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The possibility of your husband being transferred one is a real pain. Even if his boss knows six months in advance, they may only tell him two weeks beforehand. What a way to treat people.


The "houses must appreciate" line of thinking is to some extent a British creation, thanks to factors like relative overpopulation, tight control over green belts, the rising divorce rate, and most probably the bad deal and overall lack of rights you get when renting. Houses don't appreciate anything like as fast in other countries, so many people must be buying them for the simple purpose of living in them, not for speculative reasons. Given the stresses involved in moving house, some British people might be better off just chilling where they are, rather than regularly "upgrading their investment".

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The point is, if the motgage repayments are less than rent (or renting it to someone else) it doesn't have to appreciate. It's making/saving you money, so what if it's worth half its initial value after 25 years, that's all profit, it's not cost you anything.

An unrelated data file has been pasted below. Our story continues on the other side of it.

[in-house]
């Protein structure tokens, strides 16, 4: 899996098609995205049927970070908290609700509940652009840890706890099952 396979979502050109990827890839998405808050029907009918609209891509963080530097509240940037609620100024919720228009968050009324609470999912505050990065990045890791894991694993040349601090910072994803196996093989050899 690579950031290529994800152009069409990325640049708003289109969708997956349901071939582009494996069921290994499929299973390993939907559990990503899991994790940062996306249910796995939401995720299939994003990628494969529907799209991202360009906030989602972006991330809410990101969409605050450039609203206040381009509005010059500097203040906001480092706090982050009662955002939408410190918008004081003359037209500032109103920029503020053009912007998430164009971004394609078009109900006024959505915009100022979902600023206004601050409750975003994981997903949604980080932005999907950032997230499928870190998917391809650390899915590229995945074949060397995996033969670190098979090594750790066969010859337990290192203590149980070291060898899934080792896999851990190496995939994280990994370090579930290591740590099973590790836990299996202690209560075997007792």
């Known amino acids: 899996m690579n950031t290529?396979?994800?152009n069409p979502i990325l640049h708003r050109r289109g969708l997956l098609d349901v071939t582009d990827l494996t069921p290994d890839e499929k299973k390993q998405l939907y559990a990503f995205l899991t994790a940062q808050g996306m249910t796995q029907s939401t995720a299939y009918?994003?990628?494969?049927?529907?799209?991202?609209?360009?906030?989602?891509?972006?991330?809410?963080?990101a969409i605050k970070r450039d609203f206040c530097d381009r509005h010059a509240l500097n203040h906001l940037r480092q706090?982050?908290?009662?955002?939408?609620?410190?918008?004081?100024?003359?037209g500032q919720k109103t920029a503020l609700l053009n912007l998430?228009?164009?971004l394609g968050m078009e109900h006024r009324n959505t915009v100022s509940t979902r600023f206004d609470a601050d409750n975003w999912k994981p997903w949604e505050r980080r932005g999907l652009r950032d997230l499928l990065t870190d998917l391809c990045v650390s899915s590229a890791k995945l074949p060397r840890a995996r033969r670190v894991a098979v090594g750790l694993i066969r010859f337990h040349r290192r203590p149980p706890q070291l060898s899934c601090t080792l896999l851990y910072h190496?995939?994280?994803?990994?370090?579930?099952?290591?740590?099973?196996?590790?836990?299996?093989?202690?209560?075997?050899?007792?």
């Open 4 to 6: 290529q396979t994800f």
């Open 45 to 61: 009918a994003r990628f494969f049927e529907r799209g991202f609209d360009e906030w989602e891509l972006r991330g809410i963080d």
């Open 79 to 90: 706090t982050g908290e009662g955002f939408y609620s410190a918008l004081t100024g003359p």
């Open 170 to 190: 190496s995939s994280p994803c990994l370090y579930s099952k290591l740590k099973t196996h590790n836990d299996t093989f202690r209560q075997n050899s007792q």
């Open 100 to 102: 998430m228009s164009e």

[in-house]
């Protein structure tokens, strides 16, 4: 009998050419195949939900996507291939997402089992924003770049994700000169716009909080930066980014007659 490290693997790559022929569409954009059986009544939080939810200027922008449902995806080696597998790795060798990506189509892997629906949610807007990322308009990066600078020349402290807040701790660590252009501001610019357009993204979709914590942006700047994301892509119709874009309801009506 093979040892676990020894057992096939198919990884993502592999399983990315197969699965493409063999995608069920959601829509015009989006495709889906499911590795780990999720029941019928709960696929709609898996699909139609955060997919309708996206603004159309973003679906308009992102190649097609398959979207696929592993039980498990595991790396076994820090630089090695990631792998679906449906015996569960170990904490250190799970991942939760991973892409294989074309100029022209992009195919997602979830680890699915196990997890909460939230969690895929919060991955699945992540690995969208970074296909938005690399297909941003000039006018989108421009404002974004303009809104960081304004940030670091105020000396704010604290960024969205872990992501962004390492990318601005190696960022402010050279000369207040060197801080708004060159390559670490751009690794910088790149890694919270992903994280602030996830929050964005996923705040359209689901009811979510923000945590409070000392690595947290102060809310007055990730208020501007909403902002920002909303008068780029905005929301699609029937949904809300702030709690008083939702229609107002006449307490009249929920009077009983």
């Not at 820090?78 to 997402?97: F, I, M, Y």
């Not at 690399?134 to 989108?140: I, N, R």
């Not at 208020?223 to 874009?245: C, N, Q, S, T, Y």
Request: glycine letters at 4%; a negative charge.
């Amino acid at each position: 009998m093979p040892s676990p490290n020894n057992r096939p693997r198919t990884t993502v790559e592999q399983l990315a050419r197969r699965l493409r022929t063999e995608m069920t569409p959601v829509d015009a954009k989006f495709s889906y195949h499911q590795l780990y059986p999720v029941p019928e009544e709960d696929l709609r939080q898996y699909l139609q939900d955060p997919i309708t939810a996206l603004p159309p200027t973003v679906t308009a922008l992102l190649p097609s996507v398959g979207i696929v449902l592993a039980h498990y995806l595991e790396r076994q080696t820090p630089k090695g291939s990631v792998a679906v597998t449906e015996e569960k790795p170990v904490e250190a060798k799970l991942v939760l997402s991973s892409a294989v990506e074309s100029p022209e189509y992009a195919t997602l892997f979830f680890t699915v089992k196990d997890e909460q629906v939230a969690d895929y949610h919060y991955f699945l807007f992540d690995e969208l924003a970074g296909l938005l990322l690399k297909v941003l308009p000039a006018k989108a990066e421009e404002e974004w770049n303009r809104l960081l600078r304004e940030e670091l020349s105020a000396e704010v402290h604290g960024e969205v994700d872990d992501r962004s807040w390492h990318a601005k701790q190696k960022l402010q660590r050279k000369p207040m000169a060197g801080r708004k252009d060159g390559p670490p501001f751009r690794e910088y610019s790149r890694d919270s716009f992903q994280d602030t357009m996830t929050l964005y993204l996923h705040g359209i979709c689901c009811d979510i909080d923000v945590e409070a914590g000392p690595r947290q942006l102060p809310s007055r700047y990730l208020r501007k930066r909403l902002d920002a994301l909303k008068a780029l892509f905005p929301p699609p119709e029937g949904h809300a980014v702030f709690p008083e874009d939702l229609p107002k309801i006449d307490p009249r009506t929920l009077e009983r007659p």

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Gotta agree with Ocean on this one. The biggest financial mistake I have made in my life is renting for years and years in the same city, when I could have owned a place and had mortgage payments about the same as my rent...except they would be tax-deductible and also I could have painted the walls any color I wanted without asking the landlord's permission.